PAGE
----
- The Texas Monument. A beautiful pink granite monument to the men from Texas who fought at Kennesaw Mountain in this general area.
- A sign describing a Confederate colonel from Arkansas permitting Union soldiers to rescue their wounded from a fire caused by the fighting.
- An embankment of cannon.
It is best to visit these stops on the way to Cheatham Hill.
Further south men under Benjamin Franklin Cheatham defended an area known as the "Dead Angle" by both sides. The rise was named for Cheatham after the battle. A parking area at the end of the road allows access to the impressive Illinois Monument and entrenchements. The Cheatham Hill Loop Trail also passes the grave of a soldier who died during the battle and was buried. It was uncovered in the 1930's when the Civilian Conservation Corps (CCC) built or improved much of the park's infrastructure.
Tomb of the Unknown Soldier
This tomb, on the Cheatham Hill Loop Trail is a silent reminder of the men who died on both sides during our nation's bloodiest conflict.
Return to Dallas Highway on Cheatham Hill Drive.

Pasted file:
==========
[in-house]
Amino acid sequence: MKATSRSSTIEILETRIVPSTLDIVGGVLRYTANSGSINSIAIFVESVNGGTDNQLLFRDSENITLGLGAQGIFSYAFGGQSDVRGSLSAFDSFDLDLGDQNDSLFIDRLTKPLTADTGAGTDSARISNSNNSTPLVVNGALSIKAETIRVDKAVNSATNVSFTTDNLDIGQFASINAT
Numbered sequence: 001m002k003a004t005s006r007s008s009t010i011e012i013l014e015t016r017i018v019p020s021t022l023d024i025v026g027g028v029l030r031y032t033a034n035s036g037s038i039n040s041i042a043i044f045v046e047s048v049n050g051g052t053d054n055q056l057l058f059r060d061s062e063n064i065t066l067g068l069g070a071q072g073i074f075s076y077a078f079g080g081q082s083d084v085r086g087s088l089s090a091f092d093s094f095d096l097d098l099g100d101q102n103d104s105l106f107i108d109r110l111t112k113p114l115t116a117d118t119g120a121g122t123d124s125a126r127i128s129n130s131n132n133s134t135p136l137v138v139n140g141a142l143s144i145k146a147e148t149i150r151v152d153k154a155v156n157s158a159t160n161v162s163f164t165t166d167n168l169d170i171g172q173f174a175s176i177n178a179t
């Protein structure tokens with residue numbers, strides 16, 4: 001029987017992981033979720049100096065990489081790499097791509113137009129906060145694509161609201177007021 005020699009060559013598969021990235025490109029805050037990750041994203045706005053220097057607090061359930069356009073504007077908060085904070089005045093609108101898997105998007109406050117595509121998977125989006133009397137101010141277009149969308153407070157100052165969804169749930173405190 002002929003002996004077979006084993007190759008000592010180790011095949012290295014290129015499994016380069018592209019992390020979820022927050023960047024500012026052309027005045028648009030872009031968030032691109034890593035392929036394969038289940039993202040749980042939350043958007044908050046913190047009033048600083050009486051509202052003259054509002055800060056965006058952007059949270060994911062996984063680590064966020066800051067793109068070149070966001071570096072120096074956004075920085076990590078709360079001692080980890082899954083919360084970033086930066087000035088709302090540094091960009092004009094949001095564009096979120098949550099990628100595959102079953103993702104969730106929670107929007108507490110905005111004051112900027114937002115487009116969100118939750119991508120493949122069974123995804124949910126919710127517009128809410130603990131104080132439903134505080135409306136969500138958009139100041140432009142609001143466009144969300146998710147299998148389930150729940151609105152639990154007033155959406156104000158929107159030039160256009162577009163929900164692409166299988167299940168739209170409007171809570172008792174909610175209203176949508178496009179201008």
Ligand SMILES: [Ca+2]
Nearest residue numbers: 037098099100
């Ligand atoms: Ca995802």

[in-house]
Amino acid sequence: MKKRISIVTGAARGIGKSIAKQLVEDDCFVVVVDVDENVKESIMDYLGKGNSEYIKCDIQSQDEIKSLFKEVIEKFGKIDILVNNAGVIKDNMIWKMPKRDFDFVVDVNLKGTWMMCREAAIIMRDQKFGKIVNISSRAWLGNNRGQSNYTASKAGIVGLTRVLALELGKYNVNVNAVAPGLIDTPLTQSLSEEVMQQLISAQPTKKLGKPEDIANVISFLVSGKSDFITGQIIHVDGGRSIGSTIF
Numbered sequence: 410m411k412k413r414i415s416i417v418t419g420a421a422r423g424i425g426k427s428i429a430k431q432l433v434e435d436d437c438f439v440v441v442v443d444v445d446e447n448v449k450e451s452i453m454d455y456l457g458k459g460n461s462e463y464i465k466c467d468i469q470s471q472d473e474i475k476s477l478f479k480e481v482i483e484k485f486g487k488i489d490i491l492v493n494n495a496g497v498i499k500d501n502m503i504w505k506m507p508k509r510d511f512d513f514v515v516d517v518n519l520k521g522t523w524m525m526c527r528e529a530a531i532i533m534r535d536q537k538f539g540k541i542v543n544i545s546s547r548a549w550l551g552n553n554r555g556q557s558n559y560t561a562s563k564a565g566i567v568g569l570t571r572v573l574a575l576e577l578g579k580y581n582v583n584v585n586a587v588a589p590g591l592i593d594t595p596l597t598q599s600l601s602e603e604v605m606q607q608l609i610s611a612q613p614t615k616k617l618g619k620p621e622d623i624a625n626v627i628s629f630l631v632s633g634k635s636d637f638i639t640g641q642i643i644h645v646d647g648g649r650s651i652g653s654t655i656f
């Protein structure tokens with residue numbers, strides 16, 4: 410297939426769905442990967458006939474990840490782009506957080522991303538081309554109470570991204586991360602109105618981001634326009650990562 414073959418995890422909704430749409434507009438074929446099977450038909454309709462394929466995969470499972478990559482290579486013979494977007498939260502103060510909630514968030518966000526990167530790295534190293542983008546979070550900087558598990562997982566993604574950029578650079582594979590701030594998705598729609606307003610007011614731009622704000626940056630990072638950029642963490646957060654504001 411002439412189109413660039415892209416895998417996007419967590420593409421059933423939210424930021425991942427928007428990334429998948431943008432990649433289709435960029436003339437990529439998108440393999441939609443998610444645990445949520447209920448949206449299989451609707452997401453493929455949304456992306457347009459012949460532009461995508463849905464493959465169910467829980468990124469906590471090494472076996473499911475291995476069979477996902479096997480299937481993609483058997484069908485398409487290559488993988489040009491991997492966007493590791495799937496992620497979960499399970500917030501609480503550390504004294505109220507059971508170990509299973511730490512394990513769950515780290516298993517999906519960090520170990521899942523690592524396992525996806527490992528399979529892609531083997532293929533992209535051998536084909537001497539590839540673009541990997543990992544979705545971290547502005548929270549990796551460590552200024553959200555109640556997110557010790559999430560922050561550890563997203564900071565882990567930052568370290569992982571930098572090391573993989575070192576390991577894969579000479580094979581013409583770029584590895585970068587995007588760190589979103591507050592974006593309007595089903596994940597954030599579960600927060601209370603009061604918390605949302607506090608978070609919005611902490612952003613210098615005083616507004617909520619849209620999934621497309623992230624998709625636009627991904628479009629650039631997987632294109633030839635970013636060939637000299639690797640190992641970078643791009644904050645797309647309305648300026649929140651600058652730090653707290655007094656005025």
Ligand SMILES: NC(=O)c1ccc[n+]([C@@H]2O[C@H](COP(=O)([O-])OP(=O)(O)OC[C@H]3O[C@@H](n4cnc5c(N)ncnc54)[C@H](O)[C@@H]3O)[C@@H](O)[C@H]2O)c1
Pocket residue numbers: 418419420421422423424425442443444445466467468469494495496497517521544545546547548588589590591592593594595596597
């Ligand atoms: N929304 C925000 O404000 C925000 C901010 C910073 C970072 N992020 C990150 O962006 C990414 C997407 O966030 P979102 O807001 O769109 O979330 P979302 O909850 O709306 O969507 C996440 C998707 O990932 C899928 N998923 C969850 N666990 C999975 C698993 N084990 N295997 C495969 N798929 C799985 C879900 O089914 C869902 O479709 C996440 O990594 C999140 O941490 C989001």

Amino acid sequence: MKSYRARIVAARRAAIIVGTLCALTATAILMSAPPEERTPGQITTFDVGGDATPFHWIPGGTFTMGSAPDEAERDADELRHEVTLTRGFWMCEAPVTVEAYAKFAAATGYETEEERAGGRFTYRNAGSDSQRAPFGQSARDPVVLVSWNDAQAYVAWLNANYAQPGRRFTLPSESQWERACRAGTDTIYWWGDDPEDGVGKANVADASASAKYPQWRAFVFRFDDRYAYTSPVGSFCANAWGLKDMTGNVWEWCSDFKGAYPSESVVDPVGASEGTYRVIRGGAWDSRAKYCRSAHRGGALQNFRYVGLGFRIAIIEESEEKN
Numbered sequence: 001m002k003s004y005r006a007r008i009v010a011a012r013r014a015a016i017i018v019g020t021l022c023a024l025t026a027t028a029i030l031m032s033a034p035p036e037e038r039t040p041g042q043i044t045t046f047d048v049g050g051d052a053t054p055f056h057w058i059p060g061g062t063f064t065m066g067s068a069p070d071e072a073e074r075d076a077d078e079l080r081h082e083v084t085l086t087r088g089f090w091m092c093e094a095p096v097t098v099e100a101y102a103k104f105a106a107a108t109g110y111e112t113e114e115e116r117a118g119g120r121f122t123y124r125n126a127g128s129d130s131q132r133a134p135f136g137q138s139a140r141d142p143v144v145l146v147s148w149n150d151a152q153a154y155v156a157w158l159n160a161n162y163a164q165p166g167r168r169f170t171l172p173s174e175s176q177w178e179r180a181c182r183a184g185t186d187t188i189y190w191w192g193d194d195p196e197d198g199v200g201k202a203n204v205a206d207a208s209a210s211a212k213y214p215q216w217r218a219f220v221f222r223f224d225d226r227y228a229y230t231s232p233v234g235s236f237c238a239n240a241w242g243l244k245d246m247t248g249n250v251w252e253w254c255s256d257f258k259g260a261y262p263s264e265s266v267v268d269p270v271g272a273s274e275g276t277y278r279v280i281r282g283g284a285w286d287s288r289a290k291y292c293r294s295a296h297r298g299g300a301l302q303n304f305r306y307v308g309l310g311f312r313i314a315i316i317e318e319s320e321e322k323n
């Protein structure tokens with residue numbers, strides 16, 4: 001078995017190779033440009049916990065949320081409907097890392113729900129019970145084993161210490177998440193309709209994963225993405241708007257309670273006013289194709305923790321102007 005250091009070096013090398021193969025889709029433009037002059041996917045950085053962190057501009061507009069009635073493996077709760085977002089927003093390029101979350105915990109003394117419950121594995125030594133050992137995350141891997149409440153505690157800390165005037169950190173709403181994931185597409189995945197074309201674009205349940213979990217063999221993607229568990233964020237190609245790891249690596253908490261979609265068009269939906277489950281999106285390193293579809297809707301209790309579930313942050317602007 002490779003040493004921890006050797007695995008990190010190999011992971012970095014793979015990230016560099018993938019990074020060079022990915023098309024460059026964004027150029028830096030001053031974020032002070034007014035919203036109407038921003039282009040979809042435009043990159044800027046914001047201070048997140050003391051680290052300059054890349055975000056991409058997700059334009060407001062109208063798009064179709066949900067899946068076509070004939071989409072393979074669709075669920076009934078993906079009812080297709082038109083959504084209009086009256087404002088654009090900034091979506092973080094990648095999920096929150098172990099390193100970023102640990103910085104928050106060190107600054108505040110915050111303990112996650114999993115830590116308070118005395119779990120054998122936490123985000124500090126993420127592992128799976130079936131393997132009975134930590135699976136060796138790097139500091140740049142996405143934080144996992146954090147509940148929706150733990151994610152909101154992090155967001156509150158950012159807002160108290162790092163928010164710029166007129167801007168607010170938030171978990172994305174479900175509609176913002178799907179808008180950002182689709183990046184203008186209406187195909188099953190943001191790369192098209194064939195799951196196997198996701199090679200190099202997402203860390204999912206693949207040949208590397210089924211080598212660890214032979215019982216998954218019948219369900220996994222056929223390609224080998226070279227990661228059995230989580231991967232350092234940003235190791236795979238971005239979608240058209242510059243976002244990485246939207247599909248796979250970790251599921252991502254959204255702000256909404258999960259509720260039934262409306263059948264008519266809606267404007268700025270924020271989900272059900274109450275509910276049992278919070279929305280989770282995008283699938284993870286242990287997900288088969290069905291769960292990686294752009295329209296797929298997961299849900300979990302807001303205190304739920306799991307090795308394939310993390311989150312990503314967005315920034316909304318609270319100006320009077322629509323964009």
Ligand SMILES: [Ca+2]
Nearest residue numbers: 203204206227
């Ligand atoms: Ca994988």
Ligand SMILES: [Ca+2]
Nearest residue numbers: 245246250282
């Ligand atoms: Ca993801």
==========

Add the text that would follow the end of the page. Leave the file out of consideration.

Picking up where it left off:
Turn left on Dallas Highway. This is a major high-speed road with limited visibility. If traffic is heavy it is strongly suggested that you turn right, then left into the cemetery entrance and then return on Dallas Highway.
Turn left on John Ward Road, then left on Cheatham Hill Road (simply follow the signs to Kolb's Farm, the roads are well-marked): These roads connect The Dallas Highway and Powder Springs Road. About a mile down this road on the right is additional parking and access to the Kolb's Farm Loop Trail. After crossing Powder Springs Road, turn right into a small parking lot on the side of the road. The farmhouse of Peter Valentine Kolb stands in front of you. This house, built in 1836 has four chimneys, an unusual (and expensive) design for its day. To the north and west of the home Confederate forces under command of John Bell Hood attacked Joseph Hooker's XX Corps on June 22, 1864 during the Battle of Kolb's Farm. The farmhouse is the only building remaining in the park boundary from the time of the battle.
This is the end of the Kennesaw Mountain National Battlefield Park Tour. From this point turn right on Powder Springs Road and return to Whitlock Ave. Turn right. On your left is the vintage 1898 train depot that houses the Marietta Welcome Center. Next door is the Marietta History Museum, which has a number of permenant Civil War displays. Further down the road is our home, Marietta Square, with many unique shops and businesses.
Other things to do in Marietta